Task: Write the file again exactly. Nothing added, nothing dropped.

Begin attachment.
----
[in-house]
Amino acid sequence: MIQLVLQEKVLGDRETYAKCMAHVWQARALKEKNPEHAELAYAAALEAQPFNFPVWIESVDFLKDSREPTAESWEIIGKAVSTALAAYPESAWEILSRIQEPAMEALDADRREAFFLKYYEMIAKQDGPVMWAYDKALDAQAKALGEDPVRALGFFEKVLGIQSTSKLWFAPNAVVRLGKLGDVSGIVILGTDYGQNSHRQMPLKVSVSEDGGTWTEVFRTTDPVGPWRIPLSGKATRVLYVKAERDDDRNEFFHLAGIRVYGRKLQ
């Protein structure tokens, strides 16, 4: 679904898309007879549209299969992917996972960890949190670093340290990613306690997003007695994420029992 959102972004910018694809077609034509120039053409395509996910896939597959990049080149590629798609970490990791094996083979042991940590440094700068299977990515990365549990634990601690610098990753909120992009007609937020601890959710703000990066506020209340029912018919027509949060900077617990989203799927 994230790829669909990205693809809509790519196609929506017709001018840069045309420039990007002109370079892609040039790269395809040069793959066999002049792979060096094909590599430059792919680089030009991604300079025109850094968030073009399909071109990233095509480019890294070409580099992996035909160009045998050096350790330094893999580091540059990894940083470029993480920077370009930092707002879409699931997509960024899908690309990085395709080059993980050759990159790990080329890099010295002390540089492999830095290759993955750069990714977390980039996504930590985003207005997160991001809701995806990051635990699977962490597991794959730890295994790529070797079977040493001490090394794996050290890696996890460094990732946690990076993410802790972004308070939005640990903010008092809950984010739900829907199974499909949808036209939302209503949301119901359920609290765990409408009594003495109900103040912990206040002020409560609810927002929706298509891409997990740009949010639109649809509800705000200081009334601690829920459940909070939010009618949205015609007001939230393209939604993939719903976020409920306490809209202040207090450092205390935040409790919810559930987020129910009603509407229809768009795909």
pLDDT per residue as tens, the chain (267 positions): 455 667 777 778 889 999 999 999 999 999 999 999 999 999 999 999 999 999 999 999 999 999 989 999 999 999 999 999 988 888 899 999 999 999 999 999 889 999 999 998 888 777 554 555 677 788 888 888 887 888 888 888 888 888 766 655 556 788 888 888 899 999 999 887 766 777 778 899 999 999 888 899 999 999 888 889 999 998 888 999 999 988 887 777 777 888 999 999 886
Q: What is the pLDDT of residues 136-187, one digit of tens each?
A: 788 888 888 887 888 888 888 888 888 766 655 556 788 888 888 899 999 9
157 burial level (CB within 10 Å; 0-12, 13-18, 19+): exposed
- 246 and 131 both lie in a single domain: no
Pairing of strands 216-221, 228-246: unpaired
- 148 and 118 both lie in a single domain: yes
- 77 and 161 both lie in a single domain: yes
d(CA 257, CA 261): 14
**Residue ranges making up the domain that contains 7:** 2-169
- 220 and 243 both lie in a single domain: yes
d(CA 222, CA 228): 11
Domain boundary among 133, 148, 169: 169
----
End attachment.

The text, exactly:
[in-house]
Amino acid sequence: MIQLVLQEKVLGDRETYAKCMAHVWQARALKEKNPEHAELAYAAALEAQPFNFPVWIESVDFLKDSREPTAESWEIIGKAVSTALAAYPESAWEILSRIQEPAMEALDADRREAFFLKYYEMIAKQDGPVMWAYDKALDAQAKALGEDPVRALGFFEKVLGIQSTSKLWFAPNAVVRLGKLGDVSGIVILGTDYGQNSHRQMPLKVSVSEDGGTWTEVFRTTDPVGPWRIPLSGKATRVLYVKAERDDDRNEFFHLAGIRVYGRKLQ
């Protein structure tokens, strides 16, 4: 679904898309007879549209299969992917996972960890949190670093340290990613306690997003007695994420029992 959102972004910018694809077609034509120039053409395509996910896939597959990049080149590629798609970490990791094996083979042991940590440094700068299977990515990365549990634990601690610098990753909120992009007609937020601890959710703000990066506020209340029912018919027509949060900077617990989203799927 994230790829669909990205693809809509790519196609929506017709001018840069045309420039990007002109370079892609040039790269395809040069793959066999002049792979060096094909590599430059792919680089030009991604300079025109850094968030073009399909071109990233095509480019890294070409580099992996035909160009045998050096350790330094893999580091540059990894940083470029993480920077370009930092707002879409699931997509960024899908690309990085395709080059993980050759990159790990080329890099010295002390540089492999830095290759993955750069990714977390980039996504930590985003207005997160991001809701995806990051635990699977962490597991794959730890295994790529070797079977040493001490090394794996050290890696996890460094990732946690990076993410802790972004308070939005640990903010008092809950984010739900829907199974499909949808036209939302209503949301119901359920609290765990409408009594003495109900103040912990206040002020409560609810927002929706298509891409997990740009949010639109649809509800705000200081009334601690829920459940909070939010009618949205015609007001939230393209939604993939719903976020409920306490809209202040207090450092205390935040409790919810559930987020129910009603509407229809768009795909």
pLDDT per residue as tens, the chain (267 positions): 455 667 777 778 889 999 999 999 999 999 999 999 999 999 999 999 999 999 999 999 999 999 989 999 999 999 999 999 988 888 899 999 999 999 999 999 889 999 999 998 888 777 554 555 677 788 888 888 887 888 888 888 888 888 766 655 556 788 888 888 899 999 999 887 766 777 778 899 999 999 888 899 999 999 888 889 999 998 888 999 999 988 887 777 777 888 999 999 886
Q: What is the pLDDT of residues 136-187, one digit of tens each?
A: 788 888 888 887 888 888 888 888 888 766 655 556 788 888 888 899 999 9
157 burial level (CB within 10 Å; 0-12, 13-18, 19+): exposed
- 246 and 131 both lie in a single domain: no
Pairing of strands 216-221, 228-246: unpaired
- 148 and 118 both lie in a single domain: yes
- 77 and 161 both lie in a single domain: yes
d(CA 257, CA 261): 14
**Residue ranges making up the domain that contains 7:** 2-169
- 220 and 243 both lie in a single domain: yes
d(CA 222, CA 228): 11
Domain boundary among 133, 148, 169: 169